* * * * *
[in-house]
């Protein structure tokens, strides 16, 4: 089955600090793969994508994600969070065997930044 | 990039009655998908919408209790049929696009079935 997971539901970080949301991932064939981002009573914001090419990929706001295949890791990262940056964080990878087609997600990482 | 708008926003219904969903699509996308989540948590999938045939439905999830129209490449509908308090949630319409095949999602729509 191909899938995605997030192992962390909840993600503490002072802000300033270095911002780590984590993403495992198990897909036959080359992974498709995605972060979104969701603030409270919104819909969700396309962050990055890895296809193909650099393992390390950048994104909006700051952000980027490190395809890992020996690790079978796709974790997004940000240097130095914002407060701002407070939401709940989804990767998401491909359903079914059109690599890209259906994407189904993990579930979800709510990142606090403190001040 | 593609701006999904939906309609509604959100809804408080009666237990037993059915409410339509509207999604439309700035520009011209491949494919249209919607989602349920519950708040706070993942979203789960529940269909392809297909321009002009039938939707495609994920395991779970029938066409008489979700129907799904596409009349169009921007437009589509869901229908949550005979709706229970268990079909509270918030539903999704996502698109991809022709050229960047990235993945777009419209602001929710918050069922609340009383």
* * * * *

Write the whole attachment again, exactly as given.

[in-house]
């Protein structure tokens, strides 16, 4: 089955600090793969994508994600969070065997930044 | 990039009655998908919408209790049929696009079935 997971539901970080949301991932064939981002009573914001090419990929706001295949890791990262940056964080990878087609997600990482 | 708008926003219904969903699509996308989540948590999938045939439905999830129209490449509908308090949630319409095949999602729509 191909899938995605997030192992962390909840993600503490002072802000300033270095911002780590984590993403495992198990897909036959080359992974498709995605972060979104969701603030409270919104819909969700396309962050990055890895296809193909650099393992390390950048994104909006700051952000980027490190395809890992020996690790079978796709974790997004940000240097130095914002407060701002407070939401709940989804990767998401491909359903079914059109690599890209259906994407189904993990579930979800709510990142606090403190001040 | 593609701006999904939906309609509604959100809804408080009666237990037993059915409410339509509207999604439309700035520009011209491949494919249209919607989602349920519950708040706070993942979203789960529940269909392809297909321009002009039938939707495609994920395991779970029938066409008489979700129907799904596409009349169009921007437009589509869901229908949550005979709706229970268990079909509270918030539903999704996502698109991809022709050229960047990235993945777009419209602001929710918050069922609340009383």